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Water mass evolution of the Greenland Sea since lateglacial times


M. M. Telesiński, R. F. Spielhagen, and H. A. Bauch

First Authors affiliation

GEOMAR Helmholtz Centre for Ocean Research Kiel


Climate of the Past Discussion

10, 123-136, 2014

Special Issue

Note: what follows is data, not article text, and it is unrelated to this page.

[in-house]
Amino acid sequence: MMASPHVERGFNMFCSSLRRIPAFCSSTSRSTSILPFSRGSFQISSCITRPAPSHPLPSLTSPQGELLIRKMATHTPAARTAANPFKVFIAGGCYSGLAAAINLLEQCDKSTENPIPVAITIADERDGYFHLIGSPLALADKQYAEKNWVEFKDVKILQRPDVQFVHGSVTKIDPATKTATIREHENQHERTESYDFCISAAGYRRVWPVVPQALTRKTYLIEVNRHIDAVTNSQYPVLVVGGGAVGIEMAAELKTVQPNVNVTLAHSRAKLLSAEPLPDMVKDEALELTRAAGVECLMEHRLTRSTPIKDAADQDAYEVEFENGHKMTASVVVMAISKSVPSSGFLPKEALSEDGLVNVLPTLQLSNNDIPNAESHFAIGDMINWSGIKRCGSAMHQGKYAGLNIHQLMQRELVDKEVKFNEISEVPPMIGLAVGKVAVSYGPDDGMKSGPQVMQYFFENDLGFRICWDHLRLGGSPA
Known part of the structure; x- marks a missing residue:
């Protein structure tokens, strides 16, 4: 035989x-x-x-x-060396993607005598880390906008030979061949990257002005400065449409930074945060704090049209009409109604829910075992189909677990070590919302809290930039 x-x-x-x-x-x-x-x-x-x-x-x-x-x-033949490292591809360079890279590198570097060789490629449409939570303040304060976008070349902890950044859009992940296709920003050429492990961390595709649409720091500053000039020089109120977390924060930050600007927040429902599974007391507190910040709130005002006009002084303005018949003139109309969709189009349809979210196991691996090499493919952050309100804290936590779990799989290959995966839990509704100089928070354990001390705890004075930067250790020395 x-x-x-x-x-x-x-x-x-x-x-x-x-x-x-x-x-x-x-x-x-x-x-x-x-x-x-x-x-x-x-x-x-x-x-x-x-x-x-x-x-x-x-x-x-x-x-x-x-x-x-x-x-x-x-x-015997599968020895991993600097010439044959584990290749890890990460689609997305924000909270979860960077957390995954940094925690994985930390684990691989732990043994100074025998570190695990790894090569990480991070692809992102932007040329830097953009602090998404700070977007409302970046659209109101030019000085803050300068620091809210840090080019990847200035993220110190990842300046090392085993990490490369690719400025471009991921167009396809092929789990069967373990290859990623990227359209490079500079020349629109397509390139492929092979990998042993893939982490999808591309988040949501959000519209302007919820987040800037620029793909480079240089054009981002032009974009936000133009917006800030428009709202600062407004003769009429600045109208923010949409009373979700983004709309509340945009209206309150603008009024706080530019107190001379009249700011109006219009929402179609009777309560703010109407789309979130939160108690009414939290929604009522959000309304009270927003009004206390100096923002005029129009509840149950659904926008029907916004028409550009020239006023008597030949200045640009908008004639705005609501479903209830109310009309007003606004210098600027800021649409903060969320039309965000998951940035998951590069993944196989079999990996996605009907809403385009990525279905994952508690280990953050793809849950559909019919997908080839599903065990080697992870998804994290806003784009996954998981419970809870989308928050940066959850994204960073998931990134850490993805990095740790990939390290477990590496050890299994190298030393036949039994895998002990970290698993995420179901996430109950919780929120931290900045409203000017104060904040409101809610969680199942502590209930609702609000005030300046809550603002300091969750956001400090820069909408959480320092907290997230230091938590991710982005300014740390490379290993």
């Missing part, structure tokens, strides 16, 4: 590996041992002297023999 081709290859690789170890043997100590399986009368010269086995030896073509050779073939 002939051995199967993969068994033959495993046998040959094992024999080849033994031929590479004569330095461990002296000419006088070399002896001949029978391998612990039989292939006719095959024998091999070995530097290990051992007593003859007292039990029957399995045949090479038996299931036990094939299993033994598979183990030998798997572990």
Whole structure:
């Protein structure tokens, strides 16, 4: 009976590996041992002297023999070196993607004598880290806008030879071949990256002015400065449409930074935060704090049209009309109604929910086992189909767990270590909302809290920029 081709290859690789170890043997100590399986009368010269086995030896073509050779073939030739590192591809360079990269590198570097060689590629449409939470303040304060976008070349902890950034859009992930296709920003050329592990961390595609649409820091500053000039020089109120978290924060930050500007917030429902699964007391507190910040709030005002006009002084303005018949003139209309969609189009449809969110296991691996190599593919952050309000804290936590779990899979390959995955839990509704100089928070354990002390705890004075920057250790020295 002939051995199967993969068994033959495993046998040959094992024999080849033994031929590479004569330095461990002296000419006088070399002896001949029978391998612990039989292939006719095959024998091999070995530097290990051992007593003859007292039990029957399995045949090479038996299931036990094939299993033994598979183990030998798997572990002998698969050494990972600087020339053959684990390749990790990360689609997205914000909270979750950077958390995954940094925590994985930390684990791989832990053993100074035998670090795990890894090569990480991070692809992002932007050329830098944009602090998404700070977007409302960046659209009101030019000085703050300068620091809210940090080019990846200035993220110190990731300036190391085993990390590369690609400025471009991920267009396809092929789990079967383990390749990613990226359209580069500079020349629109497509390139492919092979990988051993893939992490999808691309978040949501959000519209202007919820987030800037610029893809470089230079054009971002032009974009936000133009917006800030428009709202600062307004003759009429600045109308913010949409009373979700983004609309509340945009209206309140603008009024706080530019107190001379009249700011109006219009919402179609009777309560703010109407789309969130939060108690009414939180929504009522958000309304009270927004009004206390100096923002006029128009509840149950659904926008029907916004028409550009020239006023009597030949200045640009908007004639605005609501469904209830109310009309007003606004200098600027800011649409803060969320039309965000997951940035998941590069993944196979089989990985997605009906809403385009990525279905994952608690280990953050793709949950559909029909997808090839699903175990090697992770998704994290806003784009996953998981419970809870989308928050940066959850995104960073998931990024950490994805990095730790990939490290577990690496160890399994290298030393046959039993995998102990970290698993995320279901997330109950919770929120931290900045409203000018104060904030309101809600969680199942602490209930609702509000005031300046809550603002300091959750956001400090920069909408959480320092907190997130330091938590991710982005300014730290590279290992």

Four sediment cores from the central and northern Greenland Sea, a crucial area for the global ocean circulation system, were analyzed for planktic foraminiferal fauna, planktic and benthic stable oxygen and carbon isotopes as well as ice-rafted debris. During the Last Glacial Maximum, the Greenland Sea was dominated by cold and ice-bearing water masses. Meltwater discharges from the surrounding ice sheets affected the area during the deglaciation, influencing the water mass circulation. The Younger Dryas was the last major freshwater event in the area. The onset of the Holocene interglacial was marked by an improvement of the environmental conditions and rising sea surface temperatures (SST). Although the thermal maximum was not reached simultaneously across the basin, due to the reorganization of the specific water mass configuration, benthic isotope data indicate that the overturning circulation reached a maximum in the central Greenland Sea around 7 ka. After 6–5 ka the SST cooling and increasing sea-ice cover is noted alongside with decreasing insolation. Conditions during this Neoglacial cooling, however, changed after 3 ka due to further sea-ice expansion which limited the deep convection. As a result, a well stratified upper water column amplified the warming of the subsurface waters in the central Greenland Sea which were fed by increased inflow of Atlantic Water from the eastern Nordic Seas. Our data reconstruct a variety of time- and space-dependent oceanographic conditions. These were the result of a complex interplay between overruling factors such as changing insolation, the relative influence of Atlantic, Polar and meltwater, sea-ice processes and deep water convection.

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